In one of my very first cases out of law school, an aging client asked us to review a trust that his deceased father had created for the client’s benefit. The trust was old, and its terms were strict. Under the trust, our client received a cash payment each month – an allowance that never changed, no matter the circumstances.
The client had been receiving this trust allowance for close to 30 years. Now in his senior years, a problem developed. Times had changed. Not only was the allowance not worth today what it was 30 years ago, but the client’s needs had changed as well – particularly with regard to his health. We couldn’t change the circumstances, so we helped the client change his father’s trust and raise the allowance to a realistic amount that took his present needs into consideration.
Under the Texas Trust Code, our courts are given the power to modify trusts under certain circumstances. Given the right facts, our probate judges can add to or take away from the Trustee’s authority, or even terminate the trust entirely.
If a trustee or a trust beneficiary files a petition, the probate court can take these steps if:
- The purposes of the trust have been fulfilled or have become illegal or impossible to fulfill;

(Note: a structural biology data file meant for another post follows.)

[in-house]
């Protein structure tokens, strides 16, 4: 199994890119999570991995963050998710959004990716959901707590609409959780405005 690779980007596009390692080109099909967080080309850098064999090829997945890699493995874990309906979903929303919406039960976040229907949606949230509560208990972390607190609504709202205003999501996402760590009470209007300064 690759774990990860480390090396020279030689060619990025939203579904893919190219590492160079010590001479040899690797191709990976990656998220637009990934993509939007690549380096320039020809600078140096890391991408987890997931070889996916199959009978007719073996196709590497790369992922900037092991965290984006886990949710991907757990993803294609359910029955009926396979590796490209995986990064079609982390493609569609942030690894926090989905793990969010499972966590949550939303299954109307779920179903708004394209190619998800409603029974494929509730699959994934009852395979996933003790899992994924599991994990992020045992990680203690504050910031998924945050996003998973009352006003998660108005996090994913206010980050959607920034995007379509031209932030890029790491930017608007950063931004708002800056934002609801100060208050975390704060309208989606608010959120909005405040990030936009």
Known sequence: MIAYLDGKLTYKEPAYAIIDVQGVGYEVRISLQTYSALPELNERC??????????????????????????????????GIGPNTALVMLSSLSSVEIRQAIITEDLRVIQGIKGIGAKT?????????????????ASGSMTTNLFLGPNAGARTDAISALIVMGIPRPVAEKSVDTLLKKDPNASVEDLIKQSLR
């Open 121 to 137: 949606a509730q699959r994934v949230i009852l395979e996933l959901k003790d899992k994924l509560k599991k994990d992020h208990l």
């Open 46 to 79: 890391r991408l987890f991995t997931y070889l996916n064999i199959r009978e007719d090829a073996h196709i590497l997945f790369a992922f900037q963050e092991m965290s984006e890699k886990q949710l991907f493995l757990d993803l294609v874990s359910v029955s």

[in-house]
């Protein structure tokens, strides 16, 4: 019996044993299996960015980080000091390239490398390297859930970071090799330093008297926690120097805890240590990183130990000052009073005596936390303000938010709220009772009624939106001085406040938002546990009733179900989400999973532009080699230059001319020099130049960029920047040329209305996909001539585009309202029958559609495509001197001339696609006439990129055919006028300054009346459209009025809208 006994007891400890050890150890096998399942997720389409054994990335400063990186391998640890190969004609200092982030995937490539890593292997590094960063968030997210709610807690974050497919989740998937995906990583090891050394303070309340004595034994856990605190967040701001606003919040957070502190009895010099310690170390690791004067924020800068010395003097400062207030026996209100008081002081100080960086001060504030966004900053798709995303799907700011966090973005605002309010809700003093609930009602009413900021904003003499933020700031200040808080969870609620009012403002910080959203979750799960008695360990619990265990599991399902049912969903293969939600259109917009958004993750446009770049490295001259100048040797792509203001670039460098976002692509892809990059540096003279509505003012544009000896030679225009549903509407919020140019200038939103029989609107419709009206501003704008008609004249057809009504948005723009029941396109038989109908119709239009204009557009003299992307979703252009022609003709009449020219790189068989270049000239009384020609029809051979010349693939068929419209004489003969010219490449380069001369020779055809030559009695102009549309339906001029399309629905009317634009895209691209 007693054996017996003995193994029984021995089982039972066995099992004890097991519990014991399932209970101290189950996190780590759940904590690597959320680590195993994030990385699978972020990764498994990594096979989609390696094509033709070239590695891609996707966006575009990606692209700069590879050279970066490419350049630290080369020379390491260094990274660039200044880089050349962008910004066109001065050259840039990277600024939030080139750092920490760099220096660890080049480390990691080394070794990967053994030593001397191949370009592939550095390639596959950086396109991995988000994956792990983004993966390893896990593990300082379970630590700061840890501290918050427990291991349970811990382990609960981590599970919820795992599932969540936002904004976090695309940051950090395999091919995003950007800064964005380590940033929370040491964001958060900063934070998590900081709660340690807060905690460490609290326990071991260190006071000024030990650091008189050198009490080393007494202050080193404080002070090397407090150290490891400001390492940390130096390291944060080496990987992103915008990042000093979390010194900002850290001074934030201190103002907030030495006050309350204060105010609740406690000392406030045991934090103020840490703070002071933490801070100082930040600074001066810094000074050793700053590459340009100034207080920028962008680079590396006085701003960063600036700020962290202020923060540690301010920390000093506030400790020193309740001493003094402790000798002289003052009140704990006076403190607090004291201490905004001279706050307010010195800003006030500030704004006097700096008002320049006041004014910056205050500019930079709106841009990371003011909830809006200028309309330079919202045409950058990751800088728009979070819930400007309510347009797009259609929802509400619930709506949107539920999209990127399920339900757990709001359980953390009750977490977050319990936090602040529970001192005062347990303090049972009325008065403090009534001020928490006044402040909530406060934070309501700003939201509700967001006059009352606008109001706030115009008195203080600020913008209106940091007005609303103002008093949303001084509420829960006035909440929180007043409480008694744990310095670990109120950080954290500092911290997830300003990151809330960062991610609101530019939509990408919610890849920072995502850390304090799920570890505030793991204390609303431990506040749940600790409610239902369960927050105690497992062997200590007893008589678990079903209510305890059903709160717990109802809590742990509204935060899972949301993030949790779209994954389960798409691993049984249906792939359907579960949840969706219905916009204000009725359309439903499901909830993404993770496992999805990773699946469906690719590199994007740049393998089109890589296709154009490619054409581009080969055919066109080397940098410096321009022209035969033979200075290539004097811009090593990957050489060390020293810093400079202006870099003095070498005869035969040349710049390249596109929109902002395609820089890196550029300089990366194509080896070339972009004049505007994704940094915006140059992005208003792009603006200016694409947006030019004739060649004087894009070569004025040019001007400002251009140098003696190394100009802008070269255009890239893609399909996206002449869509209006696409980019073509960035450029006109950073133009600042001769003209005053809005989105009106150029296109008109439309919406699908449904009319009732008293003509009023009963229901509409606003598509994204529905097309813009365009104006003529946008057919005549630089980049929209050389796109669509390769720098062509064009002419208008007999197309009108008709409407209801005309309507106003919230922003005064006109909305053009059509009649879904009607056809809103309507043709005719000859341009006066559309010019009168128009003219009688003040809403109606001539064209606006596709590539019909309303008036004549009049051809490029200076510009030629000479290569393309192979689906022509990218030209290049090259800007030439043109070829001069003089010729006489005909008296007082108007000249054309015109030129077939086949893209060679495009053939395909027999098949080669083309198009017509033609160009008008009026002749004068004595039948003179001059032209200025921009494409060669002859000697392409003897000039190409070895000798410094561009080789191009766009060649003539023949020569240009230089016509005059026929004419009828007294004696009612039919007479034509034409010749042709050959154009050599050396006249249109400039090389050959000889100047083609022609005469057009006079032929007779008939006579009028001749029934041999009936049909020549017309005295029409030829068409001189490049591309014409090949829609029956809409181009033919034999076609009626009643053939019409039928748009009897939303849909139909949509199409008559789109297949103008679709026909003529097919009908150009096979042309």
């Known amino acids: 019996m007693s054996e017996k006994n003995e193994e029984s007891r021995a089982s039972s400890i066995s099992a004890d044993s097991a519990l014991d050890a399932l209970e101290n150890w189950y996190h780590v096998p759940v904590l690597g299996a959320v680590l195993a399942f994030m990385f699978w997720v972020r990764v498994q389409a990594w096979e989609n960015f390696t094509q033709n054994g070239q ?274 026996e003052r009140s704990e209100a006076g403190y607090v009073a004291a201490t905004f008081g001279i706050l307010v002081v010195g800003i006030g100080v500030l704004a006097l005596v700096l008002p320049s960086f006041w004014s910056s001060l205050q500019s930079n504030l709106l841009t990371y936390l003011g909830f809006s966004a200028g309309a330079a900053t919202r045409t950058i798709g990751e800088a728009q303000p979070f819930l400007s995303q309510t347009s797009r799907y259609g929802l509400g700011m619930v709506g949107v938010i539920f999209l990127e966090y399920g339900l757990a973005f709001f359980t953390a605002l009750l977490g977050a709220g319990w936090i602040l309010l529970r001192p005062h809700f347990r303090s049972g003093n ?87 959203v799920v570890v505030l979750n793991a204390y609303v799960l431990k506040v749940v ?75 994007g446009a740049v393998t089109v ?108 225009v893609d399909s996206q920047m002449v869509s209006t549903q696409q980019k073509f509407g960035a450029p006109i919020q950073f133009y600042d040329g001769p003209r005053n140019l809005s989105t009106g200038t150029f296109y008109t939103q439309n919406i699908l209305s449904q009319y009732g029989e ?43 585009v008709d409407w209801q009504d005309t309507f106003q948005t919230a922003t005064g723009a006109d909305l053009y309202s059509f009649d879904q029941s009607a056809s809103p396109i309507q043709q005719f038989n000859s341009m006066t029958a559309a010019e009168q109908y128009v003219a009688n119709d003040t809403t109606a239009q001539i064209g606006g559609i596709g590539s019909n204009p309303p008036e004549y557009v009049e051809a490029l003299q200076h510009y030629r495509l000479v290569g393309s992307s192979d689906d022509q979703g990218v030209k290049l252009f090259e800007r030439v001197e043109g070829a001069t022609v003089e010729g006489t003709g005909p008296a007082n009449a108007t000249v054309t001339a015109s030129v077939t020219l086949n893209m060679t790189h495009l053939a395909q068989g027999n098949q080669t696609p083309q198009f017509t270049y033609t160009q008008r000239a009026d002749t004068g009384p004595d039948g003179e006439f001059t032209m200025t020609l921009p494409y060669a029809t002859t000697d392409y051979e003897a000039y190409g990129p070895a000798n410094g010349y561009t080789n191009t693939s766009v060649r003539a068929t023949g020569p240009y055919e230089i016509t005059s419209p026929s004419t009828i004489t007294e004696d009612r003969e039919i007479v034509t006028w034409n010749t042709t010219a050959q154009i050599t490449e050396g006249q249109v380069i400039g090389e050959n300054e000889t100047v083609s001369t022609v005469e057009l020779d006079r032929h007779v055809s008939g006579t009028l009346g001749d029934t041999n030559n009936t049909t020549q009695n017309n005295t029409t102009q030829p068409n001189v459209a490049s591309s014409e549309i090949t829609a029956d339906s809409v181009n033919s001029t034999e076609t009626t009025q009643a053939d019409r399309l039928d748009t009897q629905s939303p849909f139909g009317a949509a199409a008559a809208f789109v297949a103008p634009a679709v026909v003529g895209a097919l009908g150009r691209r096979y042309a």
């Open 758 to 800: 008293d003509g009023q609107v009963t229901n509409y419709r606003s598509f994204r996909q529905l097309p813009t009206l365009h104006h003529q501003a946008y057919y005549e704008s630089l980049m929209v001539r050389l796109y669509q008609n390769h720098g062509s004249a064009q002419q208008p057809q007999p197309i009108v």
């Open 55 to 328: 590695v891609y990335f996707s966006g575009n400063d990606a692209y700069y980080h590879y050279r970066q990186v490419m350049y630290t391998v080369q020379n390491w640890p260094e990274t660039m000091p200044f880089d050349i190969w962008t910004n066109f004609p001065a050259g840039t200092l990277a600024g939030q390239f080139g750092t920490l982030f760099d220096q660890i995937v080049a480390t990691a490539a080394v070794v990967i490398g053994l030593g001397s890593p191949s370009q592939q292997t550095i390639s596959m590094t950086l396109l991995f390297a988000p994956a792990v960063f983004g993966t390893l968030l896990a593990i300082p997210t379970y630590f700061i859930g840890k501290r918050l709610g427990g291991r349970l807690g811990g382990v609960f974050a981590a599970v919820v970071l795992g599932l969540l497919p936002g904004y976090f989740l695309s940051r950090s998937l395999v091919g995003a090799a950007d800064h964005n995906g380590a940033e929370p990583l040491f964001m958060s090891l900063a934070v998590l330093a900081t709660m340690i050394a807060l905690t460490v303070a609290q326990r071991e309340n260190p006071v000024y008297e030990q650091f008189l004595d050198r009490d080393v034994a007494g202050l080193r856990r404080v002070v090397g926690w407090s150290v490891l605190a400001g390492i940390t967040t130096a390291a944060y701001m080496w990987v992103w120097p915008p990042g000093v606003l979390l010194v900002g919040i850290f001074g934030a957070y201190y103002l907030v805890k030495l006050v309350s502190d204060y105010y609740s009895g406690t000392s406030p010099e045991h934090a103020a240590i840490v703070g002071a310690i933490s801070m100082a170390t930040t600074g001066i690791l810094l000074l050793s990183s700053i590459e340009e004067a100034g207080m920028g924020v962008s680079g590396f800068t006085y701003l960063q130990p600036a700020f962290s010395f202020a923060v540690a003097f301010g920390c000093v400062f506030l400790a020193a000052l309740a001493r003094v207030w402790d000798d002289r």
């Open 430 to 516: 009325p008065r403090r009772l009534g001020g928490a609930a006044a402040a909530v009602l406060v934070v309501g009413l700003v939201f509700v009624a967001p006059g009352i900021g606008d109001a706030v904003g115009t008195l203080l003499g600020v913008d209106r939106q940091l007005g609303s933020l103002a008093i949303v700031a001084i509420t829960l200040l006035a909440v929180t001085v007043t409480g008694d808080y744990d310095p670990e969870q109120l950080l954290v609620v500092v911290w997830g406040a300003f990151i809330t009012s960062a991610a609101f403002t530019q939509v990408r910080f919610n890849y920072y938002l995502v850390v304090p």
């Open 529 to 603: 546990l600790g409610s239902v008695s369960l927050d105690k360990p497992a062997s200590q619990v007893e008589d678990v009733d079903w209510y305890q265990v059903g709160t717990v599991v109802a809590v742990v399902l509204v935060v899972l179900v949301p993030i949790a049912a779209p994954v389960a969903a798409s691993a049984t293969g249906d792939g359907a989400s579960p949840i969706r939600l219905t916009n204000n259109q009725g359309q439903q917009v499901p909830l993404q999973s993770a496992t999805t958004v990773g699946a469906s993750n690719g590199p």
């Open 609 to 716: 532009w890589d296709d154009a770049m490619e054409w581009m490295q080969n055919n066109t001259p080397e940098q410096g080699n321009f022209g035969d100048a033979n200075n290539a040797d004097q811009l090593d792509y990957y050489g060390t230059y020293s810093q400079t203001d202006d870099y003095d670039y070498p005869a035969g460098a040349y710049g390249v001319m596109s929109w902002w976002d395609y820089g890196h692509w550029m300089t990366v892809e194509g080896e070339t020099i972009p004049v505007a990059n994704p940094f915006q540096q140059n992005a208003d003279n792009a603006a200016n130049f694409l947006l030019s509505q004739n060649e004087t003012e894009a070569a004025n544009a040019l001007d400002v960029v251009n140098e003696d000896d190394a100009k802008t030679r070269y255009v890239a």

- Because of circumstances not known to or anticipated by the person creating the trust, the order is necessary to further the trust’s purposes;
- Modification of the administrative part of the trust is necessary to prevent waste;
- An order is necessary to achieve certain tax objectives; or
- Continuance of the trust is not necessary, and all of the beneficiaries agree.
Ultimately, this provision of the Trust Code demonstrates a sound policy. Control and direction by people that create trusts, which can often extend years beyond that person’s lifetime, should yield to present realities. In a nutshell, the probate courts don’t mind dead-hand control – they just don’t like it when it produces a result that could harm someone.